In 2010, some seven years ago, PSGM and PGM Don Smith (now deceased), PGM Rick Boyles, and I launched “Dedicated Members for Change” (DMC) with about 30 charter members – all progressive leaders in their Lodges. I am very pleased to say that DMC has grown and prospered over the years, and now boasts an e-mail list of hundreds all across North America and even some in Europe.
We formed DMC in 2010 with one overriding purpose in mind: To focus on the need for Lodges to add members so that our Order can survive and grow. And in the seven years since it’s formation, DMC has had a laser-like focus on this subject. We have made numerous, positive and proven suggestions over the years on how Lodges can increase their membership. But ultimately, it’s not that complicated. I have often spoken about the subject and used the analogy of the three-legged stool. If all three legs are sturdy, the stool will be strong. If one leg is weak, the stool will be unsteady and will eventually topple. The three legs represent (1) the great history and ritual of IOOF; (2) good fellowship and fun activities for the members, family and potential members; (3) active outreach into the community, doing good local works. I have used my own Lodge – Davis #169 – as the “laboratory” for this concept. And it has worked. In the last ten years – while most other Lodges have declined in membership – my Lodge has grown 1,000%. From less than 30 members, my Lodge now has 275 members, with 22 pending applications for membership. And the age range covers everything from members in their 20’s to members in their 90’s, all ethnic groups, and about half our membership is female.
Significantly, it appears that our membership efforts are now beginning to bear some fruit in California. Preliminary figures show that in 2016 (the year in which I served as Grand Master for the first half of the year and Peter Sellars served as Grand Master in the second half) our Order in California – for the first time in a loooooooooong time – will show a net GAIN of members – led primarily by our largest Lodges. The most significant growth has been in the number of female members of the Odd Fellows. This net gain is a good omen, and we hope a harbinger for the future. Perhaps we have bottomed out after decades of net losses, and are showing the very glimmerings of net gains for years to come.
That said, we need to see growth in most (if not all) Lodges, not just some Lodges. In may ways, Odd Fellowship in California is a mile wide and an inch deep. We have 116 Odd Fellows Lodges in this State. Yet the largest 4 Lodges encompass almost 25% of the total membership, and the largest 10 Lodges comprise close to 40% of the membership.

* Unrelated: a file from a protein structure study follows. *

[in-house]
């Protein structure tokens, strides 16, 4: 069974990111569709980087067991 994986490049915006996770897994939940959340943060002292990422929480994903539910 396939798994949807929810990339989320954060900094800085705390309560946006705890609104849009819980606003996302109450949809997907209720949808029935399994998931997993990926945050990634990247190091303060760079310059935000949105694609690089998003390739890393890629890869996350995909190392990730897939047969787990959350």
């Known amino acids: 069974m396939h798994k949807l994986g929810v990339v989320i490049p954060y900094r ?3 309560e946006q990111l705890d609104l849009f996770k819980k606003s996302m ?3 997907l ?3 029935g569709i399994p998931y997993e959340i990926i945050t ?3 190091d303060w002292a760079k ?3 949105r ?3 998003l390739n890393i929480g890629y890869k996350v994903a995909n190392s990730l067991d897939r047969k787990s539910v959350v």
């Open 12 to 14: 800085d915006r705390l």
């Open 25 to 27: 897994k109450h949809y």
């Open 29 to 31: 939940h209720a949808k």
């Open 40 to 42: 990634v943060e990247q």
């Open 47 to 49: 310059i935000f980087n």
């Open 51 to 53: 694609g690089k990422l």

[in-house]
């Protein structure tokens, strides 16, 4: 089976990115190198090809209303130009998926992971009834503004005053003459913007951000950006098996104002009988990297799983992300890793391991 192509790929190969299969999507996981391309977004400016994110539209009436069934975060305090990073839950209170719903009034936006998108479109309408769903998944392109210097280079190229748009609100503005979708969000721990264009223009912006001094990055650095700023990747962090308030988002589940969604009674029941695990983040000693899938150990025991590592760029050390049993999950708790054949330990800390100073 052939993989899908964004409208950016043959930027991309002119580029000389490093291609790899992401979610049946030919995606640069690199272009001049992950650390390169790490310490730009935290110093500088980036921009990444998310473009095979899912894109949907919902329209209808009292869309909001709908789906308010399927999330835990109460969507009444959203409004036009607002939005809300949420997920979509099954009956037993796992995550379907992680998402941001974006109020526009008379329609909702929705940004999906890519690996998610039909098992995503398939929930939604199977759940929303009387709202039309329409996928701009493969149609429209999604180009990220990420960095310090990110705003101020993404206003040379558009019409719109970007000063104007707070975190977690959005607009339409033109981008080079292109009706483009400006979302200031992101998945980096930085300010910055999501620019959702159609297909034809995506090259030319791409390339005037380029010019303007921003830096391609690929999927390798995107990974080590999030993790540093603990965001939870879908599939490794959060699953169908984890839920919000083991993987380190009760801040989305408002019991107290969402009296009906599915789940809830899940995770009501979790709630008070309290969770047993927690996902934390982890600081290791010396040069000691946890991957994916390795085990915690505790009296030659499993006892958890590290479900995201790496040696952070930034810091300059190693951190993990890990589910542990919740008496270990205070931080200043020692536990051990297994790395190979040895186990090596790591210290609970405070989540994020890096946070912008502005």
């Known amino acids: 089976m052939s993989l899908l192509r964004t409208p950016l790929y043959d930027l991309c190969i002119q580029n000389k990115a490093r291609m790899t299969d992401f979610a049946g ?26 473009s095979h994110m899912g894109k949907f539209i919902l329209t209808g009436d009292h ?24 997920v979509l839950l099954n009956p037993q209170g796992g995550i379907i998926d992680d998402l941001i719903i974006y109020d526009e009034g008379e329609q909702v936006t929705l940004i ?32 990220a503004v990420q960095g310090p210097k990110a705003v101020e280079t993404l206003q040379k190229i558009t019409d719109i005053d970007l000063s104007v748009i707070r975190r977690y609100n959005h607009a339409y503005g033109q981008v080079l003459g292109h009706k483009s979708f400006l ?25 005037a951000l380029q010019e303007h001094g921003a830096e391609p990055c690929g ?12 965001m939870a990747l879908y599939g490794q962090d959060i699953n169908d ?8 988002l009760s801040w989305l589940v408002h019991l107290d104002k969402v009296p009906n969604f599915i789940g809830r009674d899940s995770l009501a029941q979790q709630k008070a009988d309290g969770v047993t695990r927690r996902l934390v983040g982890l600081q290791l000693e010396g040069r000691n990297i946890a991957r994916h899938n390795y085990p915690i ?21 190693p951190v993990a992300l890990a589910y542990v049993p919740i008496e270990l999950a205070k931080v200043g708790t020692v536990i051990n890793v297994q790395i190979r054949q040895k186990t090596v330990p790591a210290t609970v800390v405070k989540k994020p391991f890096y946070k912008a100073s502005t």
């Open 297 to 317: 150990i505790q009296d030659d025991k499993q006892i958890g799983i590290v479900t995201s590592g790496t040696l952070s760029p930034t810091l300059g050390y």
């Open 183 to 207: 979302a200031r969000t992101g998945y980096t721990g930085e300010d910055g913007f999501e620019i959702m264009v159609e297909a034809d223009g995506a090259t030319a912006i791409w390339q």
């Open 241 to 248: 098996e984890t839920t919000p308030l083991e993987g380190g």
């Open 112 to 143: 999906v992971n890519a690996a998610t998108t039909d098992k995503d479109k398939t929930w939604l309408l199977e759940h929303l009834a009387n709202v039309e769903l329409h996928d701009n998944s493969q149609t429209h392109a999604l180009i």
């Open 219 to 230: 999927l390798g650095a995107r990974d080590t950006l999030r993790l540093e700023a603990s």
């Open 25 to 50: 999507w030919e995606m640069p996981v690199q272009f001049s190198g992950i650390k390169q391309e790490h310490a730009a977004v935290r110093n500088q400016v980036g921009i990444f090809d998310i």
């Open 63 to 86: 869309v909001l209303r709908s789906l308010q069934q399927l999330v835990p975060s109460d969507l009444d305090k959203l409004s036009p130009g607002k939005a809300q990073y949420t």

Unfortunately, many Lodges have not followed our suggestions. They have become complacent, and are “satisfied” with the status quo, or they are rent by internal bickering and dissension. The sad truth is that most Lodges in our jurisdiction and around the country are continuing to diminish in membership. We see many Lodges where the membership has grown old, and they have not added a new member for five, or ten, or even more years. These Lodges are Zombie Lodges, just going through the motions of life. There is no long-range view for these Lodges. The members only focus on continuing to operate in their personal comfort zones, without regard to the future of their Lodge or the future of the Order. This is both selfish and fatal to their Lodge. They barely can muster a quorum, and often do so only with associate members from other Lodges. They do very little, if anything, other than hold a 20-minute monthly meeting to read the minutes, report on who is sick or distressed, and pay the bills – with no committee reports and no new business. A Lodge which is composed of members of just one generation cannot survive in the long run. A Lodge must encompass and include two or three generations to survive. There must always be a new generation of members and leaders who can continue the Order. That’s certainly the way it was in the 1700’s, 1800’s and early 1900’s. And it can be that way again.
There are those who point to societal changes which have changed the way the public views fraternal orders. They point to radio, television, movies, automobiles, airplanes, computers, cell phones, and lots of other innovations that have changed society. They point to social security, insurance, employment counseling and assistance, and other innovations which have stepped in areas where fraternities once functioned. This is all true. But, fraternal orders are still relevant today and can still grow and prosper, and be venues where the members feel welcomed, appreciated and engaged. I know this is true because I have seen it in my own Lodge. Burying the dead and visiting orphans may have little meaning to young men and women in 2017. But organizing a local music event to raise money to assist foster families, or adopting a highway to clean up, or organizing a community chocolate festival to benefit a local sexual assault center may have significant meaning for the current generation of members and potential members.
There is good news and there are success stories, and those success stories inspire us and give us hope for the future. In the coming weeks, we will detail a few of those success stories in this newsletter, and we welcome your input to spread this good news and show what Odd Fellowship can be in the 21st Century.
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Past Grand Master